A Look at Lookofsky

It’s 2 a.m. and the ice cream is melting – Kathryn Lookofsky is at Kroger wearing sweat pants and a T-shirt, red hair spilling out of a baseball cap, no makeup on and ready to check out. Then, a downtown merchant who just happens to be there walks up and asks her a question.

“I’m really never off work, which is irritating,” Lookofsky said. “But I’m not complaining. I love what I do.”

Lookofsky plays a key role as director and CEO of the Athens Downtown Development Authority in all things concerning economic development downtown, and part of her job is that she’s always on the job.

She explains her job this way:

“I walk that bridge between the downtown business community and local government,” she says. “I help get information back and forth, and help make sure both pieces work well together.”

The latest example of her work is the oversight of a seven-story parking deck being built on the corner of Lumpkin and Washington next to the Georgia Theatre, which will be using $6,768,205 in SPLOST funds appropriated in 2005 as a part of Project 28 of that year’s SPLOST referendum.

“We have the ability to issue bonds, and that’s what we did to finance the parking deck for the ADDA part of it,” Lookofsky said. “It was a bond issuance of just right over $6 million. They’re revenue bonds, so they’ll be paid back over time with revenue from the parking deck.”

The new deck is a three-way venture between the ADDA, Athens-Clarke County and a development company called Batson-Cook.

“The easiest way to think about that, to wrap your head around that is to kind of think of it like a condominium development, where you buy an apartment in the condominium, or a unit,” Lookofsky said. “You don’t own the whole building. So the way it’s set up now, the county owns the actual land that the building sits on. Batson-Cook owns the retail and the office parts of the building, and then the county, or the parking services, owns the parking aspects of it. It’s a lot more complicated and detailed than that, but that’s the crux of it.”

And the goal of the deck?

“The goal would be to provide more parking downtown,” Lookofsky said. “That’s not a smartass answer, that’s really the goal. We’re building it for more parking. I think last count was 520 or 540. I don’t remember exactly.”
Last year, the total operating budget for downtown Athens collected as revenue was $281,000.

“We have a downtown tax district, that’s the ADDA district, and there’s a millage rate for all the property in that district,” Lookofsky said. “We get part of the money for the property taxes in that district, and last year it was about $150,000. So that’s one way we get money. We also manage the downtown parking system, and we get paid a fee by the county to manage the system, and that’s $100,000 a year. Plus, we get a bonus if the revenues are beyond what was projected, so that just encourages us to do the job better. The bonus is part of our operating budget.”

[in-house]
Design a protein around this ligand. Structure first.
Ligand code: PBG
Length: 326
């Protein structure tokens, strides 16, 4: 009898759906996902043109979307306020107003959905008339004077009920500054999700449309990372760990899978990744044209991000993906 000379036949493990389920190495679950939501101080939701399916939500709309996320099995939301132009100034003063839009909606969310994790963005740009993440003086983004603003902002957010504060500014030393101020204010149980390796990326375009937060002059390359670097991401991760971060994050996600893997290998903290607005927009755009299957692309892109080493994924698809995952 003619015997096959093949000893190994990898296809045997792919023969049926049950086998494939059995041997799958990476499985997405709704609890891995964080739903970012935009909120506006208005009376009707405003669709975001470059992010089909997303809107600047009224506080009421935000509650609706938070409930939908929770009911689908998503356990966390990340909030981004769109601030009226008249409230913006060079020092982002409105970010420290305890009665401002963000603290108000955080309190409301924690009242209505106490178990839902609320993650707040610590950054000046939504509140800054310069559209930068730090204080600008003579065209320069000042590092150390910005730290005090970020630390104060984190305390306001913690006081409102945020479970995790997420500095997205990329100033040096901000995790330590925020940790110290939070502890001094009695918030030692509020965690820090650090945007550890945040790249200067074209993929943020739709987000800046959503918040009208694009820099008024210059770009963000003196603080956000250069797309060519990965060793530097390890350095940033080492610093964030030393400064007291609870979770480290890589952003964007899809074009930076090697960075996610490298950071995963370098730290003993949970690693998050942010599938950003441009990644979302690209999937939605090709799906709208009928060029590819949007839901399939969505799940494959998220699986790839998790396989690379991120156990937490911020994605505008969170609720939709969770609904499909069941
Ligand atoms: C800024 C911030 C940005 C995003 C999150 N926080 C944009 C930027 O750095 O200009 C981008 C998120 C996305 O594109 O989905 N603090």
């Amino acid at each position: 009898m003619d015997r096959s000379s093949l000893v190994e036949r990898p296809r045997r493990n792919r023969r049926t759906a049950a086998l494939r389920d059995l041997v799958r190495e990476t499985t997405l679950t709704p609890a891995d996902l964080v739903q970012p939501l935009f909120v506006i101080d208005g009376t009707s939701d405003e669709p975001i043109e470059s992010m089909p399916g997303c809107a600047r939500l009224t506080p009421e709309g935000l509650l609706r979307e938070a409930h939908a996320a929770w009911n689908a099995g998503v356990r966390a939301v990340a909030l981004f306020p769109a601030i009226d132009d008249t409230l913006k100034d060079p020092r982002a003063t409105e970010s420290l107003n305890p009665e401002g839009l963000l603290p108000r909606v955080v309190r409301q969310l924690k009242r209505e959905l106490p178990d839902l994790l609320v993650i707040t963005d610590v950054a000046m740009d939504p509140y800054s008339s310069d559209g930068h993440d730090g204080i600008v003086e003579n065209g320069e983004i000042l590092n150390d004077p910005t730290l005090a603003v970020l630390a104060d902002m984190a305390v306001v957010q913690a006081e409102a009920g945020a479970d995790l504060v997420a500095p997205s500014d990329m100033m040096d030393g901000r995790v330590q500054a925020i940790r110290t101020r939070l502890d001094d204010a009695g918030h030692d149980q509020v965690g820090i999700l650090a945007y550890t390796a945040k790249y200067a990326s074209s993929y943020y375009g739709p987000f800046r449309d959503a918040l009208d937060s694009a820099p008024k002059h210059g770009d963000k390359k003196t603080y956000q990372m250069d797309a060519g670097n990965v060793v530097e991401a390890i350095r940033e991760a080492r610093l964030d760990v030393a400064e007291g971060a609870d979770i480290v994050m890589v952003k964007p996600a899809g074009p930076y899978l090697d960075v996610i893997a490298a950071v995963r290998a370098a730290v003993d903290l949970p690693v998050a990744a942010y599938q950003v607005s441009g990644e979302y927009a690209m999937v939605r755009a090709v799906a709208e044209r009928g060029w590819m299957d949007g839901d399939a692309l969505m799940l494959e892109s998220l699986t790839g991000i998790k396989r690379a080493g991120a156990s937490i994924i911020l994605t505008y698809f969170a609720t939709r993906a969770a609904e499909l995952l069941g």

Lookofsky, a Georgia native, came to this work after returning from a position in another state.

“I managed a small town in New Hampshire,” Lookofsky said. “I worked for the city of Decatur, worked for the city of Jonesboro, and eventually wound up in Athens. I actually love Athens. I can’t think of any other place I’d rather be. It’s a great town.”

Lookofsky makes the most of her job by working with others holding her position around the state.

“I know the woman that does my job in Augusta,” Lookofsky said. “I talk to the people in Savannah and Decatur more than anybody because they’re the most similar – we have more in common with the issues we face and the problems we face. We definitely compare notes and steal ideas and copy each other.”

She’s really never off the clock outside of the professional world.

“Even when I go on vacation out of town, I’ll be taking pictures of manhole covers or street lamps and thinking of things we could try out here,” Lookofsky said in an Athens Banner-Herald article on Oct. 31, 2008.

Being close to home is not much different when it comes to being off the clock.

“The rare opportunity I do get to go on a date, I hardly ever come downtown,” Lookofsky said. “I’ll be on the date and somebody will come to the [restaurant] table and speak for 30 minutes.”

Regardless of working day and night to appropriate millions of dollars or just to make sure all the streetlights are working, Lookofsky’s personal life, when she gets to enjoy it, looks a lot like the girl’s next door or the guy’s across the street.

“I enjoy cooking, hanging out with friends,” Lookofsky said. “I like to go see live music, host dinner parties. I’m a runner. I hang out with my dog, Rufus – he’s a basset hound, pit bull mix. He’s really cute.”


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